Sister Bethel always knew she wanted to be a nurse because she genuinely loves helping people and has been helping others within her community in any way she can since her childhood. She thoroughly enjoys her new position in the emergency room, as it allows her to help those most in need and apply her nursing skills in different situations everyday. Thanks to our volunteers and to the training put on by CPAR, she is even better equipped to handle any case that comes through their doors.
“It makes me very happy to see people regain their health after I’ve helped them. I like and enjoy my job, which makes coming to work very easy.”
Meet Sandra Abeje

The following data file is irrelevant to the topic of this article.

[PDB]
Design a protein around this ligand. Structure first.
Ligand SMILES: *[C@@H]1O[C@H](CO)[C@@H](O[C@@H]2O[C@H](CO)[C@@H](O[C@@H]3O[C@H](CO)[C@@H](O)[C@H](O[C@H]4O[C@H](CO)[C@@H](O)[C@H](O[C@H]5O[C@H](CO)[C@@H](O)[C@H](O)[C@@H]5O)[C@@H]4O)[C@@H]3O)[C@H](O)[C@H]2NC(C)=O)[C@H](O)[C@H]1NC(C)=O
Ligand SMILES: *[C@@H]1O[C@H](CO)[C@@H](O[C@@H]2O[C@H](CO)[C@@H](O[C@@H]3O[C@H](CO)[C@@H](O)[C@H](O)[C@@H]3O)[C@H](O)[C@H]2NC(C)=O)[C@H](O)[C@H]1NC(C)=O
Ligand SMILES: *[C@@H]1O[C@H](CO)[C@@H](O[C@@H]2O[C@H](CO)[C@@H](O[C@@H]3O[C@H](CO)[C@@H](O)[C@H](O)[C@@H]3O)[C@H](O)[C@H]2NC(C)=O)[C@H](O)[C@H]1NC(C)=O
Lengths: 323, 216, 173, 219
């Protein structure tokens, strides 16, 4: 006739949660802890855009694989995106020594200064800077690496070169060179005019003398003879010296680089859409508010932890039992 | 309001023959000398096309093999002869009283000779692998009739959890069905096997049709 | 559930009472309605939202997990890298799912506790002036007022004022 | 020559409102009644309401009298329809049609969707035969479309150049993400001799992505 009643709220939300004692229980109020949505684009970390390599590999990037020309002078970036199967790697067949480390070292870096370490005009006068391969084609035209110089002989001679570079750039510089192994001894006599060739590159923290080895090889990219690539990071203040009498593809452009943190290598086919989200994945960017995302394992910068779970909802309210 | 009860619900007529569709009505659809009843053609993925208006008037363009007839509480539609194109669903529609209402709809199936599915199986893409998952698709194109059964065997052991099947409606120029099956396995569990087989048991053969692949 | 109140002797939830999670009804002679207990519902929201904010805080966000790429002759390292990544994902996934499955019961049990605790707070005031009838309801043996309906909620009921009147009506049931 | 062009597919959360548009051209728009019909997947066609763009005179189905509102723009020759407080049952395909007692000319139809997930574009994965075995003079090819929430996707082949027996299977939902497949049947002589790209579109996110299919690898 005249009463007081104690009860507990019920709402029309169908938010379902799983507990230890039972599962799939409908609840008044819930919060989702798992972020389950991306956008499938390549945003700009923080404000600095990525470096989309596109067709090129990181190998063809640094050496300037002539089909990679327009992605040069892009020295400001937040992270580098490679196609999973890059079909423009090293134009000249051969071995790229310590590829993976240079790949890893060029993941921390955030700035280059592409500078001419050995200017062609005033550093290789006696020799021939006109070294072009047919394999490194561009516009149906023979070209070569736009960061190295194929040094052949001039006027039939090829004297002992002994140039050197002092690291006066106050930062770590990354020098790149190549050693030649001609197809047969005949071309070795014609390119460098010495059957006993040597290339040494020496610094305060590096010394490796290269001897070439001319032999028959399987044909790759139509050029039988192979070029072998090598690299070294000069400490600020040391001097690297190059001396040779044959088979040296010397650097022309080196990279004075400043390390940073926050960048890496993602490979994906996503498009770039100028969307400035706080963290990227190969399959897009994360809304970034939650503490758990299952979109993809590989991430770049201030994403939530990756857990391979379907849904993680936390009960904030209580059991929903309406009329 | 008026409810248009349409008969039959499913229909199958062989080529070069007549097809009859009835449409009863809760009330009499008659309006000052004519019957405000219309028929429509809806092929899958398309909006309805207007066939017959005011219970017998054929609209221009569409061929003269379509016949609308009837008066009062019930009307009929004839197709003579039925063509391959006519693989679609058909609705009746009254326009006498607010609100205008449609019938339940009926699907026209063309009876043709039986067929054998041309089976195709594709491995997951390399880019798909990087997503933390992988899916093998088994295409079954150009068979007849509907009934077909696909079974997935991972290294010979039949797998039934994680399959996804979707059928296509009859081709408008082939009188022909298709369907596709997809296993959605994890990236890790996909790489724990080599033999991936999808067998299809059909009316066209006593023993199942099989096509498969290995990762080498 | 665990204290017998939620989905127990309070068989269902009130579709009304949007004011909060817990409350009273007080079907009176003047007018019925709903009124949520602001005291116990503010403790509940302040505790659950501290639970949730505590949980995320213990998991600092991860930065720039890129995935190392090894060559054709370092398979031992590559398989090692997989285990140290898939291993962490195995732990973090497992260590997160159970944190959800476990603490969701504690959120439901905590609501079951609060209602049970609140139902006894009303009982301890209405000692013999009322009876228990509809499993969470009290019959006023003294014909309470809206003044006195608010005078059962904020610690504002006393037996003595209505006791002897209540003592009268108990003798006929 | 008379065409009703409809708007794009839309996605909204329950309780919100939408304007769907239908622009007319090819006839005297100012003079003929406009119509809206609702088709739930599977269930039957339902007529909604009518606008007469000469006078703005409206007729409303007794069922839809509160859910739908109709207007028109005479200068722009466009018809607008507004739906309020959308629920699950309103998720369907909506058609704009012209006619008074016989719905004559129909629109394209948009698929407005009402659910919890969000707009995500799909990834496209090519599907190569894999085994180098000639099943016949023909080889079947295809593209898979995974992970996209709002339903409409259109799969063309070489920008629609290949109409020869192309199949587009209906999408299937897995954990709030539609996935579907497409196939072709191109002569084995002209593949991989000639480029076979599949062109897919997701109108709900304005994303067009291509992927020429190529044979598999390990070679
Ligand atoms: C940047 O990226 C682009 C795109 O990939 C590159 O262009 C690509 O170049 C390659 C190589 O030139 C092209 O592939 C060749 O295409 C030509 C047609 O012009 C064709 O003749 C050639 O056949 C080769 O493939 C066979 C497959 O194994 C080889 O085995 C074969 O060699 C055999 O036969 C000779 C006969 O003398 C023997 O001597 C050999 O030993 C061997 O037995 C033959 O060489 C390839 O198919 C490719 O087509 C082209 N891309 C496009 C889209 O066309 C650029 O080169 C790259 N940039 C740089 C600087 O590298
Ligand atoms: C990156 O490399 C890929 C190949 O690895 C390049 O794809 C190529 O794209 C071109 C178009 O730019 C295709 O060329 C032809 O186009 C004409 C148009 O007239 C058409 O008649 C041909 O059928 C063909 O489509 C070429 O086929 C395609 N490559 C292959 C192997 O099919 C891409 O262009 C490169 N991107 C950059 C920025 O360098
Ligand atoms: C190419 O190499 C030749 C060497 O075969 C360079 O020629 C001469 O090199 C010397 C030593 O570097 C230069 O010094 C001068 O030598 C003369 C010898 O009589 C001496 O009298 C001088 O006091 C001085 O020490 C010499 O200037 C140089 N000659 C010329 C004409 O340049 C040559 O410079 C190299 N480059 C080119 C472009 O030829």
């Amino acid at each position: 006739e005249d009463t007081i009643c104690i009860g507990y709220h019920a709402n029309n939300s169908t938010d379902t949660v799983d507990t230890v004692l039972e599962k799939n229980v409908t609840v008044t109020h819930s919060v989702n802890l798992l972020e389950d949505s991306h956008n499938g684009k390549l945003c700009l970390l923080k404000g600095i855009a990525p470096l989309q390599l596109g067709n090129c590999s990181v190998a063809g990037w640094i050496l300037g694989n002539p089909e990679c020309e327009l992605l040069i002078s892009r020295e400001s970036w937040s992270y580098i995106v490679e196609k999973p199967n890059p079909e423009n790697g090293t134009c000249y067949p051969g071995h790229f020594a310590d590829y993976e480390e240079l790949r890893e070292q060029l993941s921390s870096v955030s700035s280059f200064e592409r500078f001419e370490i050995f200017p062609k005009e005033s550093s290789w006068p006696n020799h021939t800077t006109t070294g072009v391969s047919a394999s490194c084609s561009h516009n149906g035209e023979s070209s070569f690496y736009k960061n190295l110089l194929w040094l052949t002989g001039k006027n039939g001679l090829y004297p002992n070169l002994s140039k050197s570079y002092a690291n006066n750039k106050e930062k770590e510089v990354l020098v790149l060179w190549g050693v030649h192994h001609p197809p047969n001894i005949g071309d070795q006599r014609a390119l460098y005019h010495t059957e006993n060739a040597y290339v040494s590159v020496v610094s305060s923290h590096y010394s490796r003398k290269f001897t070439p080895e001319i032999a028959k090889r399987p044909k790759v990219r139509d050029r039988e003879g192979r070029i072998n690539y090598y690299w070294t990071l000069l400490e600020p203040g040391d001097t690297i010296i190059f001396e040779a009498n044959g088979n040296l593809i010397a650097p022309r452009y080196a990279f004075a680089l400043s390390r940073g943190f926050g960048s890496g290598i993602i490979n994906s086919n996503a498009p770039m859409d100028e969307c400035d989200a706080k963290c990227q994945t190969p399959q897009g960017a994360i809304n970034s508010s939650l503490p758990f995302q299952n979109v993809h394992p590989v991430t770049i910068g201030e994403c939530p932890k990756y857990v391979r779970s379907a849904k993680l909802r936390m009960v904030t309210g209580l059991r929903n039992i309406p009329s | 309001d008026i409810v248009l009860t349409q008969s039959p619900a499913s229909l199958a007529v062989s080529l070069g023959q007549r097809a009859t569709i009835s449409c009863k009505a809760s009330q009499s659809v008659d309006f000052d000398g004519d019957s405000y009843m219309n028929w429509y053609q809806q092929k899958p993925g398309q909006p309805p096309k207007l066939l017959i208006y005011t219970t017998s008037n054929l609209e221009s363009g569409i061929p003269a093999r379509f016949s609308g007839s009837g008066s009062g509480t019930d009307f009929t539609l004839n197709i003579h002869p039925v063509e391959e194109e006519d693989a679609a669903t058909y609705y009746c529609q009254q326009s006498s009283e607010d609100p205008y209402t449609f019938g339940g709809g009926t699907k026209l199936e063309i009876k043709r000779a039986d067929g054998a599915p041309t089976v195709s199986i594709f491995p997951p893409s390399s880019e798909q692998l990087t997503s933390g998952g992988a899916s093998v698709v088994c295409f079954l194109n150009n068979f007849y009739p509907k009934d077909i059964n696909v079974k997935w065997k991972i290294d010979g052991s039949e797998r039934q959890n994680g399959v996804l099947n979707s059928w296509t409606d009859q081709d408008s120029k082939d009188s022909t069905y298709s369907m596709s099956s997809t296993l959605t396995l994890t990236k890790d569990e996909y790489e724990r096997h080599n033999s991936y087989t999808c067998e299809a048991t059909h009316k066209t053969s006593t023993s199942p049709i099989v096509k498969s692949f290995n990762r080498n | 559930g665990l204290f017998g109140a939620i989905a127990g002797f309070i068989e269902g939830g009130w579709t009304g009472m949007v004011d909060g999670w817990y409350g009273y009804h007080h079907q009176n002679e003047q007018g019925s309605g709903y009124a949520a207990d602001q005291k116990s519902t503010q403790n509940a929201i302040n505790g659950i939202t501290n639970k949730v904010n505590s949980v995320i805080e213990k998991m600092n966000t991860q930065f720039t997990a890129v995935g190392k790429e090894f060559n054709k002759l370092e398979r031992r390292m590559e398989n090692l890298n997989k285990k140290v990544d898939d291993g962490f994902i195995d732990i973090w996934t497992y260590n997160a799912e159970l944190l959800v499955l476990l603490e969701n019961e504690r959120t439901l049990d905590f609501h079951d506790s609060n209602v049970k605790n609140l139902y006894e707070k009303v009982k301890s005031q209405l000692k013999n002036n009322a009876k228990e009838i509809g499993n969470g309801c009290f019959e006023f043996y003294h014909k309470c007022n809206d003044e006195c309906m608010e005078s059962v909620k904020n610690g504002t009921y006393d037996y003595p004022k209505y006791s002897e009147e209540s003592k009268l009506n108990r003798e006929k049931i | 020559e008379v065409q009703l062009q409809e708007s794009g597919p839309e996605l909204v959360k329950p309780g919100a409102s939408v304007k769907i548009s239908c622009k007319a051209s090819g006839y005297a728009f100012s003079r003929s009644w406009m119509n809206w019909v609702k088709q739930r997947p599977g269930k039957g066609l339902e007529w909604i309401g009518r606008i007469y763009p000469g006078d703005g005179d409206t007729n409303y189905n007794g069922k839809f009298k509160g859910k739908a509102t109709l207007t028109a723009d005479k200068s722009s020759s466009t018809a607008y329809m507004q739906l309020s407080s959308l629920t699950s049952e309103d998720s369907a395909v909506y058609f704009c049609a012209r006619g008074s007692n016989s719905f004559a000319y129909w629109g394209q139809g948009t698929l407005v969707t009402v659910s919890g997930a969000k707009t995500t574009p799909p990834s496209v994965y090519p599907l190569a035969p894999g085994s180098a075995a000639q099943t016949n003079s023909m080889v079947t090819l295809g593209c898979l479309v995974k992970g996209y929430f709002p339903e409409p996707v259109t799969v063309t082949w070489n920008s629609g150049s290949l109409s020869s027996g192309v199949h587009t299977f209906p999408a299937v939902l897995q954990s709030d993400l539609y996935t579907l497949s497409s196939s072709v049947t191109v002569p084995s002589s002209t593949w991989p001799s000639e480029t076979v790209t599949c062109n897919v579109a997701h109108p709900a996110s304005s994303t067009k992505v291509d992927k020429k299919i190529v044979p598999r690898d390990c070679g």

, the Senior Program Officer in our CPAR office in Ethiopia, and one of the women we are featuring this week. Having worked for over five years in various positions within the Ethiopian health system, she is the perfect person to be responsible for CPAR’s projects with the Fitche hospital, including our volunteer program.
Sandra worked as a project officer and a clinician in different levels of the health system in Ethiopia, so she knows better than anyone where they need the most help. She joined CPAR over a year ago because she deeply believed in its new mission to build strong health systems and to build the capacity of healthcare workers and smaller health centers. Her favourite aspect of her job is mentoring and supervising the on-site facilities and workers, either at the Fitche hospital or in the health centers that CPAR supports.